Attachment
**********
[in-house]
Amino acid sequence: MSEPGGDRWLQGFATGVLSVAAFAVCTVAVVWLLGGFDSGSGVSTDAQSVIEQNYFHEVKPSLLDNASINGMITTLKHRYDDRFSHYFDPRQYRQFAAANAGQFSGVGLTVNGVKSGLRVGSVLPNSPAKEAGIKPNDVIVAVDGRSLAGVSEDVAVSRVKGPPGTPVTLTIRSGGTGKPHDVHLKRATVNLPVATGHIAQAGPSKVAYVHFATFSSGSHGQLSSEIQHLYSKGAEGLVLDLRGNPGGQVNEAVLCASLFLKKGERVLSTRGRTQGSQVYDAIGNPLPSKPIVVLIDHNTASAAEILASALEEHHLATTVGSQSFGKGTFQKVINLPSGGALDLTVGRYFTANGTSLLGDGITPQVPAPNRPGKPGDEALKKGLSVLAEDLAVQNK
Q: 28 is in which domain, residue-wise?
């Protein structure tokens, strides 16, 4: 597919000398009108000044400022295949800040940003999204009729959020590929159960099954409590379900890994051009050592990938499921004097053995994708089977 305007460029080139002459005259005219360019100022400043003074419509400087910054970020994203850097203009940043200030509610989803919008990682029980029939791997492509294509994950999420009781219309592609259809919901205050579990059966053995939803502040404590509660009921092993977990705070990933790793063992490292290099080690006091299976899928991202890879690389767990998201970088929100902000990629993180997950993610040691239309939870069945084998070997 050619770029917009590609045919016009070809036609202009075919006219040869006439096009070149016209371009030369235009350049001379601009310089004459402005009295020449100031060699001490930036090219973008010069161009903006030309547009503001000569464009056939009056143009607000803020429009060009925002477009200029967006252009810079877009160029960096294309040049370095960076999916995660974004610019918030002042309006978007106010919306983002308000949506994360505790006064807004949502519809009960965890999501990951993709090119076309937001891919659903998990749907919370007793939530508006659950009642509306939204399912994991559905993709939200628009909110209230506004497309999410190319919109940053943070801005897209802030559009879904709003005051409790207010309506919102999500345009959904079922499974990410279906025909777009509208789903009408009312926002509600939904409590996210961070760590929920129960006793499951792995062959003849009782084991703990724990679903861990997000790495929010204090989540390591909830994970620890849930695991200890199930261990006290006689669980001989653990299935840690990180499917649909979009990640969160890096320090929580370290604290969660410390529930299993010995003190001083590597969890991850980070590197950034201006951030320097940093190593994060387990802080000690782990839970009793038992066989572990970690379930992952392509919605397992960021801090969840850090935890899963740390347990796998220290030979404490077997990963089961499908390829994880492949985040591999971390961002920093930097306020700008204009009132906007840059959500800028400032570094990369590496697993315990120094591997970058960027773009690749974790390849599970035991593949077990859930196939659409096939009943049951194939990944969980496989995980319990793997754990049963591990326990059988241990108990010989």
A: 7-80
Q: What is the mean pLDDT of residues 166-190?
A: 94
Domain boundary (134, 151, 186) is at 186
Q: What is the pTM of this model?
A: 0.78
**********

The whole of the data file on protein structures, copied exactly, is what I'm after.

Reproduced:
[in-house]
Amino acid sequence: MSEPGGDRWLQGFATGVLSVAAFAVCTVAVVWLLGGFDSGSGVSTDAQSVIEQNYFHEVKPSLLDNASINGMITTLKHRYDDRFSHYFDPRQYRQFAAANAGQFSGVGLTVNGVKSGLRVGSVLPNSPAKEAGIKPNDVIVAVDGRSLAGVSEDVAVSRVKGPPGTPVTLTIRSGGTGKPHDVHLKRATVNLPVATGHIAQAGPSKVAYVHFATFSSGSHGQLSSEIQHLYSKGAEGLVLDLRGNPGGQVNEAVLCASLFLKKGERVLSTRGRTQGSQVYDAIGNPLPSKPIVVLIDHNTASAAEILASALEEHHLATTVGSQSFGKGTFQKVINLPSGGALDLTVGRYFTANGTSLLGDGITPQVPAPNRPGKPGDEALKKGLSVLAEDLAVQNK
Q: 28 is in which domain, residue-wise?
């Protein structure tokens, strides 16, 4: 597919000398009108000044400022295949800040940003999204009729959020590929159960099954409590379900890994051009050592990938499921004097053995994708089977 305007460029080139002459005259005219360019100022400043003074419509400087910054970020994203850097203009940043200030509610989803919008990682029980029939791997492509294509994950999420009781219309592609259809919901205050579990059966053995939803502040404590509660009921092993977990705070990933790793063992490292290099080690006091299976899928991202890879690389767990998201970088929100902000990629993180997950993610040691239309939870069945084998070997 050619770029917009590609045919016009070809036609202009075919006219040869006439096009070149016209371009030369235009350049001379601009310089004459402005009295020449100031060699001490930036090219973008010069161009903006030309547009503001000569464009056939009056143009607000803020429009060009925002477009200029967006252009810079877009160029960096294309040049370095960076999916995660974004610019918030002042309006978007106010919306983002308000949506994360505790006064807004949502519809009960965890999501990951993709090119076309937001891919659903998990749907919370007793939530508006659950009642509306939204399912994991559905993709939200628009909110209230506004497309999410190319919109940053943070801005897209802030559009879904709003005051409790207010309506919102999500345009959904079922499974990410279906025909777009509208789903009408009312926002509600939904409590996210961070760590929920129960006793499951792995062959003849009782084991703990724990679903861990997000790495929010204090989540390591909830994970620890849930695991200890199930261990006290006689669980001989653990299935840690990180499917649909979009990640969160890096320090929580370290604290969660410390529930299993010995003190001083590597969890991850980070590197950034201006951030320097940093190593994060387990802080000690782990839970009793038992066989572990970690379930992952392509919605397992960021801090969840850090935890899963740390347990796998220290030979404490077997990963089961499908390829994880492949985040591999971390961002920093930097306020700008204009009132906007840059959500800028400032570094990369590496697993315990120094591997970058960027773009690749974790390849599970035991593949077990859930196939659409096939009943049951194939990944969980496989995980319990793997754990049963591990326990059988241990108990010989």
A: 7-80
Q: What is the mean pLDDT of residues 166-190?
A: 94
Domain boundary (134, 151, 186) is at 186
Q: What is the pTM of this model?
A: 0.78